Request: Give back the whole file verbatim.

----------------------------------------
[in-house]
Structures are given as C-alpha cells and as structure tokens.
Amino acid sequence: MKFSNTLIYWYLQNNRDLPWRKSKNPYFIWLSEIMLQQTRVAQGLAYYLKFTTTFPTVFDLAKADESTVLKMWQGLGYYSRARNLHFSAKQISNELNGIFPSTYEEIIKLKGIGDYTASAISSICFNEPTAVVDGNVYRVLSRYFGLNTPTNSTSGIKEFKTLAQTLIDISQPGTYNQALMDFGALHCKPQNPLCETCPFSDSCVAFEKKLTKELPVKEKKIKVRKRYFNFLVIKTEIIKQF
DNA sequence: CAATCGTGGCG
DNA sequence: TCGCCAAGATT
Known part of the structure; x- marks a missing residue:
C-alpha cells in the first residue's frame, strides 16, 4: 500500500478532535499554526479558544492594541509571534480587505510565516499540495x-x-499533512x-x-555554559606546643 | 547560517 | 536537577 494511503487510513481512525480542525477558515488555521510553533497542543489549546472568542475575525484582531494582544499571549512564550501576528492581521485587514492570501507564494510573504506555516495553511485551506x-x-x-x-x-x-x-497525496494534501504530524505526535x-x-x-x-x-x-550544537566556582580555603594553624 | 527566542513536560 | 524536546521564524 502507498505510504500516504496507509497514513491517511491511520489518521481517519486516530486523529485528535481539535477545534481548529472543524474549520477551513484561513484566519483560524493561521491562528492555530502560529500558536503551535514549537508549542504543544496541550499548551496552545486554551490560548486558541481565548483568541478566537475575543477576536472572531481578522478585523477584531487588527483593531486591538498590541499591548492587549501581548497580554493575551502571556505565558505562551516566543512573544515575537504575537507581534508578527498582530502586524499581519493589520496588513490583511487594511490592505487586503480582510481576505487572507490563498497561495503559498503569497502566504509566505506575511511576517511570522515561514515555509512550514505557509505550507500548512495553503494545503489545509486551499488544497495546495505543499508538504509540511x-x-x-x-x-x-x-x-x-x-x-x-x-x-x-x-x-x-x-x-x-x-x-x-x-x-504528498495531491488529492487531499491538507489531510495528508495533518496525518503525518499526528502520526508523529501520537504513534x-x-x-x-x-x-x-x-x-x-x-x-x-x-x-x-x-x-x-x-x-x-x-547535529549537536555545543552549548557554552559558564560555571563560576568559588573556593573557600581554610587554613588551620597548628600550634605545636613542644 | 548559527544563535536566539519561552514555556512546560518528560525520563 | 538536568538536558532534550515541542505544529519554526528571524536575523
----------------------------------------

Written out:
[in-house]
Structures are given as C-alpha cells and as structure tokens.
Amino acid sequence: MKFSNTLIYWYLQNNRDLPWRKSKNPYFIWLSEIMLQQTRVAQGLAYYLKFTTTFPTVFDLAKADESTVLKMWQGLGYYSRARNLHFSAKQISNELNGIFPSTYEEIIKLKGIGDYTASAISSICFNEPTAVVDGNVYRVLSRYFGLNTPTNSTSGIKEFKTLAQTLIDISQPGTYNQALMDFGALHCKPQNPLCETCPFSDSCVAFEKKLTKELPVKEKKIKVRKRYFNFLVIKTEIIKQF
DNA sequence: CAATCGTGGCG
DNA sequence: TCGCCAAGATT
Known part of the structure; x- marks a missing residue:
C-alpha cells in the first residue's frame, strides 16, 4: 500500500478532535499554526479558544492594541509571534480587505510565516499540495x-x-499533512x-x-555554559606546643 | 547560517 | 536537577 494511503487510513481512525480542525477558515488555521510553533497542543489549546472568542475575525484582531494582544499571549512564550501576528492581521485587514492570501507564494510573504506555516495553511485551506x-x-x-x-x-x-x-497525496494534501504530524505526535x-x-x-x-x-x-550544537566556582580555603594553624 | 527566542513536560 | 524536546521564524 502507498505510504500516504496507509497514513491517511491511520489518521481517519486516530486523529485528535481539535477545534481548529472543524474549520477551513484561513484566519483560524493561521491562528492555530502560529500558536503551535514549537508549542504543544496541550499548551496552545486554551490560548486558541481565548483568541478566537475575543477576536472572531481578522478585523477584531487588527483593531486591538498590541499591548492587549501581548497580554493575551502571556505565558505562551516566543512573544515575537504575537507581534508578527498582530502586524499581519493589520496588513490583511487594511490592505487586503480582510481576505487572507490563498497561495503559498503569497502566504509566505506575511511576517511570522515561514515555509512550514505557509505550507500548512495553503494545503489545509486551499488544497495546495505543499508538504509540511x-x-x-x-x-x-x-x-x-x-x-x-x-x-x-x-x-x-x-x-x-x-x-x-x-x-504528498495531491488529492487531499491538507489531510495528508495533518496525518503525518499526528502520526508523529501520537504513534x-x-x-x-x-x-x-x-x-x-x-x-x-x-x-x-x-x-x-x-x-x-x-547535529549537536555545543552549548557554552559558564560555571563560576568559588573556593573557600581554610587554613588551620597548628600550634605545636613542644 | 548559527544563535536566539519561552514555556512546560518528560525520563 | 538536568538536558532534550515541542505544529519554526528571524536575523